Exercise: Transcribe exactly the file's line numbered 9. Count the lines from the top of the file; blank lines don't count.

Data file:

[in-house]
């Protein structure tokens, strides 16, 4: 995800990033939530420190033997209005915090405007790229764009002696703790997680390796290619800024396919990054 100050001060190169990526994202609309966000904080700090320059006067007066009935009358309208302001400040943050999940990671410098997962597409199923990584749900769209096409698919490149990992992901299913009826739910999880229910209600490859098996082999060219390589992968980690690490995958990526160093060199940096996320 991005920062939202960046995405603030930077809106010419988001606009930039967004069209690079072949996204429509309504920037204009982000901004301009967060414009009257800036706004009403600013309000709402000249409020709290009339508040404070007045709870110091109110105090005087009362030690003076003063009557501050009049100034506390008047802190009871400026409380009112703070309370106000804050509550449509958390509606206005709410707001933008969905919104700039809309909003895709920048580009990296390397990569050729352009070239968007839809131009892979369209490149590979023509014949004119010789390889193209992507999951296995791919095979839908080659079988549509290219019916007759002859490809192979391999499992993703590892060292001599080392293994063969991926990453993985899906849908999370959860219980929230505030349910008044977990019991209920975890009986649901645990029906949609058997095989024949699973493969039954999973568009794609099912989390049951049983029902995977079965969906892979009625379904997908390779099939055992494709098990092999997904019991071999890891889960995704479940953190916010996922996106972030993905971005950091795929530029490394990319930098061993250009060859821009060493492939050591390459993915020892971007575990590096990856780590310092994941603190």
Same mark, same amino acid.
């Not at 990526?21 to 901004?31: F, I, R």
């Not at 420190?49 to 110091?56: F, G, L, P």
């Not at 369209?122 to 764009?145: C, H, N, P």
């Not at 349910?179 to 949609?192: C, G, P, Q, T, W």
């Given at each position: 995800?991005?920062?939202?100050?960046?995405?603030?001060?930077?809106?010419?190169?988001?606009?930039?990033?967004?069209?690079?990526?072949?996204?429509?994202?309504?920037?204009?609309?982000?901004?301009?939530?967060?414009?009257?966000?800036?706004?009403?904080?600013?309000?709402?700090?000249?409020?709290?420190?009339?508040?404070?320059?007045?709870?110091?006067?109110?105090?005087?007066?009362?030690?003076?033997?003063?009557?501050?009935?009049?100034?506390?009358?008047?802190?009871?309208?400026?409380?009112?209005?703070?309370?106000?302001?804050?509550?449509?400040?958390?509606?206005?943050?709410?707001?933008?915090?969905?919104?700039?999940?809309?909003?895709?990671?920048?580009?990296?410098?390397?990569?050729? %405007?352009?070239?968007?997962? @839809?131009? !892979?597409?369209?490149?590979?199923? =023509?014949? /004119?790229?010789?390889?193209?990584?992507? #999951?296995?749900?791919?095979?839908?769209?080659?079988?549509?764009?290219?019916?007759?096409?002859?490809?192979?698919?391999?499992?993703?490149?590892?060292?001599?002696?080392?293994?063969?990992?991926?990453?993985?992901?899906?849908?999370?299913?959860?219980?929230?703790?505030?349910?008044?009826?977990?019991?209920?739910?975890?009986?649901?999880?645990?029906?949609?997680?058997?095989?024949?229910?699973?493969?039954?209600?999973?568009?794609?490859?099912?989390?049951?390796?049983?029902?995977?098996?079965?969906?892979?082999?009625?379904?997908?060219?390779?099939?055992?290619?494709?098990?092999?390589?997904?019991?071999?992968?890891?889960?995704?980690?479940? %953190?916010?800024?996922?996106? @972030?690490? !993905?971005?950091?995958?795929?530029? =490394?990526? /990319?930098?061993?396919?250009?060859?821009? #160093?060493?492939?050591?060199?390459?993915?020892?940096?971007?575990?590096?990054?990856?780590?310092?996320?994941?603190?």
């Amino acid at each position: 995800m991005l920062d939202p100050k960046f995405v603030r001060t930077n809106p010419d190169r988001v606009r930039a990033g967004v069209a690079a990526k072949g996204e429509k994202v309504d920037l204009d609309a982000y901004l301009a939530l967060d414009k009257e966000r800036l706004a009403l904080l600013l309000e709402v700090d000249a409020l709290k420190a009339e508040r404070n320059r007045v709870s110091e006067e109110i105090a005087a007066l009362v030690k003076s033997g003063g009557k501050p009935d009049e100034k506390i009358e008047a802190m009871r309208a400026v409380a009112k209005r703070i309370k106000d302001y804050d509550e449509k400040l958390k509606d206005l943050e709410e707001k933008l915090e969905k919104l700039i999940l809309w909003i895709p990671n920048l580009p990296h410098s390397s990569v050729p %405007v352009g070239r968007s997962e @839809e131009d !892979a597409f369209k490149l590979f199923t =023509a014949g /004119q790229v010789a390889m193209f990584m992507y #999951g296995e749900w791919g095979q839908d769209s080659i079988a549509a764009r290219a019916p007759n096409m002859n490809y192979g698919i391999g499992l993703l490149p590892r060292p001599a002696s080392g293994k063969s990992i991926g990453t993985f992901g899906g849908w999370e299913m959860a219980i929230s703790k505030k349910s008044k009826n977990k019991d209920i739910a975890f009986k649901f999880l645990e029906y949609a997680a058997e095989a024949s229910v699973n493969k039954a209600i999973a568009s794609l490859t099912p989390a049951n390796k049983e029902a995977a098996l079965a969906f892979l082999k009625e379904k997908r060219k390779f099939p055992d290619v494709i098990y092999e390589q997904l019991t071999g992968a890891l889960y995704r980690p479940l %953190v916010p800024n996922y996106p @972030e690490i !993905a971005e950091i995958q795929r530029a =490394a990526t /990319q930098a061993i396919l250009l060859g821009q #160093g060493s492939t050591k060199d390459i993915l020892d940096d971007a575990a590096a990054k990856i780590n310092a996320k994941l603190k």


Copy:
């Amino acid at each position: 995800m991005l920062d939202p100050k960046f995405v603030r001060t930077n809106p010419d190169r988001v606009r930039a990033g967004v069209a690079a990526k072949g996204e429509k994202v309504d920037l204009d609309a982000y901004l301009a939530l967060d414009k009257e966000r800036l706004a009403l904080l600013l309000e709402v700090d000249a409020l709290k420190a009339e508040r404070n320059r007045v709870s110091e006067e109110i105090a005087a007066l009362v030690k003076s033997g003063g009557k501050p009935d009049e100034k506390i009358e008047a802190m009871r309208a400026v409380a009112k209005r703070i309370k106000d302001y804050d509550e449509k400040l958390k509606d206005l943050e709410e707001k933008l915090e969905k919104l700039i999940l809309w909003i895709p990671n920048l580009p990296h410098s390397s990569v050729p %405007v352009g070239r968007s997962e @839809e131009d !892979a597409f369209k490149l590979f199923t =023509a014949g /004119q790229v010789a390889m193209f990584m992507y #999951g296995e749900w791919g095979q839908d769209s080659i079988a549509a764009r290219a019916p007759n096409m002859n490809y192979g698919i391999g499992l993703l490149p590892r060292p001599a002696s080392g293994k063969s990992i991926g990453t993985f992901g899906g849908w999370e299913m959860a219980i929230s703790k505030k349910s008044k009826n977990k019991d209920i739910a975890f009986k649901f999880l645990e029906y949609a997680a058997e095989a024949s229910v699973n493969k039954a209600i999973a568009s794609l490859t099912p989390a049951n390796k049983e029902a995977a098996l079965a969906f892979l082999k009625e379904k997908r060219k390779f099939p055992d290619v494709i098990y092999e390589q997904l019991t071999g992968a890891l889960y995704r980690p479940l %953190v916010p800024n996922y996106p @972030e690490i !993905a971005e950091i995958q795929r530029a =490394a990526t /990319q930098a061993i396919l250009l060859g821009q #160093g060493s492939t050591k060199d390459i993915l020892d940096d971007a575990a590096a990054k990856i780590n310092a996320k994941l603190k």